Venomous or Poisonous – Animals, Plants, Mushrooms, and More
Venomous animals, poisonous plants, mushrooms, and substances produced by microbes, inflict considerable damage to humans and other animals throughout the world. In scientific lingo, the entire subject is referred to as toxinology and the injurious natural substances as toxins. Thus, toxinology is a subset of the broader discipline of toxicology, and toxins could be considered a sub-category of toxicants, which is the proper word to use more generally for hazardous substances. Venomous organisms use a specialized delivery system such as fangs to deliver their venom. Venomous animals come in all sizes and shapes and can be found certainly among the snakes, lizards, mammals (e.g. platypus), fish (e.g. stingray), arthropods such as spiders and scorpions, insects such as bees and ants, and more. The World Health Organization estimates that at least 421,000 envenomings and 20,000 deaths occur worldwide from snakebite each year. Some animals, such as the fugu fish (or puffer fish), though not venomous, can be poisonous when eaten. Many plants and plant parts are poisonous to man. The International Society on Toxinology is a professional group dedicated to advancing knowledge on the properties of toxins and antitoxins. Interestingly, some toxins are being used as research tools, diagnostic agents, and even therapeutic agents to treat disease, due to their biological potency and specificity. The profession of clinical toxinologist focuses on the effects of exposure to toxins in animal venoms or plant poisons.
All of the following resources are suitable for general audiences, though some may also hold special appeal for audiences as marked (Also for Kids or Also Scholarly; Video, $).
Animal Poison Control (From the ASPCA) – ASPCA Pet Tips: 17 Common Poisonous Plants
(https://www.youtube.com/watch?v=WndJLJD8R9k) Viewers should note that not all plants are poisonous to pets. Video. Also about plants hazardous to animals: http://www.aspca.org/pet-care/animal-poison-control) Includes a link to the ASPCA database of what they consider to be plants that are toxic and non-toxic to cats, dogs and horses (http://www.aspca.org/pet-care/animal-poison-control/toxic-and-non-toxic-plants). Although anything can be toxic if large enough quantities are consumed, this list contains names and images of plants that have been reported as having systemic harmful effects on animals and/or intense effects on the gastrointestinal tract.
Canadian Poisonous Plants Information System (http://www.cbif.gc.ca/eng/species-bank/canadian-poisonous-plants-information-system/canadian-poisonous-plants-information-system/?id=1370403266274) – Presents data on plants that cause poisoning in livestock, pets, and humans.
Clinical Toxinology Resources (http://www.toxinology.com) – The Women and Children’s Hospital in Adelaide, Australia, is a major global resource covering information on terrestrial vertebrates and invertebrates, poisonous plants, and poisonous mushrooms.
The Evolution of Venom – Who is the Most Poisonous? (https://www.youtube.com/watch?v=M0CDRrqGWsM) – An Amazing World documentary video, looking at venom and the variety of animals, not just snakes, which are venomous.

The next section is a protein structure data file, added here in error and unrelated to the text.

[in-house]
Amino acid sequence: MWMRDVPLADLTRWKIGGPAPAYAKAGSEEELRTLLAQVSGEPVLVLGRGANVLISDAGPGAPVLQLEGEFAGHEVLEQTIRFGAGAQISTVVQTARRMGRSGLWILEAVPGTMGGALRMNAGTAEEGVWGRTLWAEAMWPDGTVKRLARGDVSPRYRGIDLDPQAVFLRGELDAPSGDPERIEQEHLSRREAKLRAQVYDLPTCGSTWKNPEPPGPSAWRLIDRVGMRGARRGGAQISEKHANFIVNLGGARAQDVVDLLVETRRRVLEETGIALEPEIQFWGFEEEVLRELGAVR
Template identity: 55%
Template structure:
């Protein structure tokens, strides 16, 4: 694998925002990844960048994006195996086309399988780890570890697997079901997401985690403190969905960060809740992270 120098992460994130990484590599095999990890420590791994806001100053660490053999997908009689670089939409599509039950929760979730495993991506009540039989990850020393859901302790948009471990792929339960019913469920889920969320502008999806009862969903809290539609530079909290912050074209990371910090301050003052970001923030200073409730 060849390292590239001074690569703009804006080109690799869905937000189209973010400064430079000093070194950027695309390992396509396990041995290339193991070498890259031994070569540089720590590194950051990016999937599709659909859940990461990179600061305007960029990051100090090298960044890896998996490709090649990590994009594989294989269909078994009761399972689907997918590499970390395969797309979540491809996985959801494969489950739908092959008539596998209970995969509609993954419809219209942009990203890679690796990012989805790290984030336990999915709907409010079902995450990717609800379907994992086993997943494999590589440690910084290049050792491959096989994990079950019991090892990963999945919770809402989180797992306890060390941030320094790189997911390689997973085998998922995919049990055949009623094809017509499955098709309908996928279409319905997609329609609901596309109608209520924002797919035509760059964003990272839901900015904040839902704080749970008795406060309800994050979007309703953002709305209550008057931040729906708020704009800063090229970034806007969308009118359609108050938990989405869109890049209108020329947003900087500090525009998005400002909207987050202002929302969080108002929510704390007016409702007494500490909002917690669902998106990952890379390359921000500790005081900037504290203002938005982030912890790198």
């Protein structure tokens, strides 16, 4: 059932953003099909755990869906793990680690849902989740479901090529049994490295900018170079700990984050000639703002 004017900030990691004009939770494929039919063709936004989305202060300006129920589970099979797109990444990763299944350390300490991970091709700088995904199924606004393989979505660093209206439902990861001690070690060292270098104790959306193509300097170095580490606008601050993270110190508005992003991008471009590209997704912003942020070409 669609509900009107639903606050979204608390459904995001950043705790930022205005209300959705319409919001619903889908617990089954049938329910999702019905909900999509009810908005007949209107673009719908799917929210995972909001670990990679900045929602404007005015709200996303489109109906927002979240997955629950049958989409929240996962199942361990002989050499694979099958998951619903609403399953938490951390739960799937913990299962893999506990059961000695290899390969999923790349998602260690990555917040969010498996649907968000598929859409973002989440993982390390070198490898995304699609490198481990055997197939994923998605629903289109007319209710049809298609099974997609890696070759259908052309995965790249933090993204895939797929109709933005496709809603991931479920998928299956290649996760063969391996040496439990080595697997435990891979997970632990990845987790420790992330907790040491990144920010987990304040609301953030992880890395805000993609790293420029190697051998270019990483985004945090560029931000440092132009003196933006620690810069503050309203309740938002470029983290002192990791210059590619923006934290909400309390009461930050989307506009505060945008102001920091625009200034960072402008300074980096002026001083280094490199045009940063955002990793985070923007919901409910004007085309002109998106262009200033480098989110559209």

International Society on Toxinology (http://www.toxinology.org/) – This is a professional scientific society of scholars seeking to advance knowledge of toxins and antitoxins. Also Scholarly
The Most Venomous Animals in the World (https://www.youtube.com/watch?v=bawYH03V4Yc) – There are a lot of ways to kill and be killed in the animal kingdom, but only a lucky few use the powers of venom. Not all are closely related, so how did they acquire the same defenses, where did venom come from, and how does it work? And what animals can kill you the most quickly? Find the answers to these questions, and more, in this episode of SciShow. Video
Mushroom Poisoning Syndromes (http://namyco.org/toxicology/poison_syndromes.html) – The North American Mycological Association’s list of poisonous mushrooms and their effects.
Plants Toxic to Animals Database (http://www.library.illinois.edu/vex/toxic/) – From the University of Illinois at Urbana-Champaign Veterinary Medicine Library. Includes description, distribution, conditions of poisoning, control, toxic principle, clinical signs, and references.
The Power of Poison: Inside View (https://www.youtube.com/watch?v=XafYtslSwuA) – From the American Museum of Natural History, a succinct look at the difference between poison and venom. Video
Toxic and Hallucinogenic Animals (Full Documentary) (https://www.youtube.com/watch?v=A9o9W-vK7-Q) High quality, nicely produced video from New Atlantis discussing a broad array of dangerous creatures. Video
Venombyte (http://www.venombyte.com) – A Web site devoted to venomous animals of all classes – snakes, spiders, lizards, scorpions, and more – found in the United States. Includes numerous photos and links to other sites.
Venomous Animals and Poisonous Plants: North America North of Mexico by Steven Foster and Roger Caras (1994) (http://books.google.com/books?id=8k-ygvM9AjgC&pg=PR6&lpg=PR6&dq=venomous+insects+field+guide&source=bl&ots=QW8vYtqqsA&sig=UdR7mDTwFAHANt3PnfRWW9bSQEk&hl=en&sa=X&ei=8w-CVPj-KMOcNvreg9gL&ved=0CFgQ6AEwBw#v=onepage&q=venomous%20insects%20field%20guide&f=false) – A Peterson Field Guide, this extensive overview of the topic describes each animal or plant and the harm it may cause to humans and other animals.
World’s Deadliest Animals (https://www.youtube.com/watch?v=wf-JrEntet8) – A National Geographic documentary video covering not only venomous animals but others distinguished by their fierceness. Video
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